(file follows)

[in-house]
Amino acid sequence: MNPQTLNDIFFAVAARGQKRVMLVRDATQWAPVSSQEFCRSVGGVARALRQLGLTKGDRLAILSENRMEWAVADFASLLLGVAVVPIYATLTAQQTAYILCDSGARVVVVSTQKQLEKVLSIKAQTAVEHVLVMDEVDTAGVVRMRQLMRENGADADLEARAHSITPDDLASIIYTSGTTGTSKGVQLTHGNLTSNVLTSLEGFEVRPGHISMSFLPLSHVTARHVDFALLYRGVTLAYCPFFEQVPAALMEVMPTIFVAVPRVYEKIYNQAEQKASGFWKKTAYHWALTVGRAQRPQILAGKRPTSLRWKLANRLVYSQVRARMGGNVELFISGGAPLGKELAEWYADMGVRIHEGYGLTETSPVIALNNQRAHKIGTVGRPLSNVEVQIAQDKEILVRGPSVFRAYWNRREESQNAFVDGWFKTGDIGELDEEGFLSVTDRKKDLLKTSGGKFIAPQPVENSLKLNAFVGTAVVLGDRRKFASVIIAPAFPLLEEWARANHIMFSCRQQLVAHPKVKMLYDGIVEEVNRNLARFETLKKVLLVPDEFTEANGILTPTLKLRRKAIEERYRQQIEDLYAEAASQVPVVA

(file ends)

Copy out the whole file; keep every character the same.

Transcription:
[in-house]
Amino acid sequence: MNPQTLNDIFFAVAARGQKRVMLVRDATQWAPVSSQEFCRSVGGVARALRQLGLTKGDRLAILSENRMEWAVADFASLLLGVAVVPIYATLTAQQTAYILCDSGARVVVVSTQKQLEKVLSIKAQTAVEHVLVMDEVDTAGVVRMRQLMRENGADADLEARAHSITPDDLASIIYTSGTTGTSKGVQLTHGNLTSNVLTSLEGFEVRPGHISMSFLPLSHVTARHVDFALLYRGVTLAYCPFFEQVPAALMEVMPTIFVAVPRVYEKIYNQAEQKASGFWKKTAYHWALTVGRAQRPQILAGKRPTSLRWKLANRLVYSQVRARMGGNVELFISGGAPLGKELAEWYADMGVRIHEGYGLTETSPVIALNNQRAHKIGTVGRPLSNVEVQIAQDKEILVRGPSVFRAYWNRREESQNAFVDGWFKTGDIGELDEEGFLSVTDRKKDLLKTSGGKFIAPQPVENSLKLNAFVGTAVVLGDRRKFASVIIAPAFPLLEEWARANHIMFSCRQQLVAHPKVKMLYDGIVEEVNRNLARFETLKKVLLVPDEFTEANGILTPTLKLRRKAIEERYRQQIEDLYAEAASQVPVVA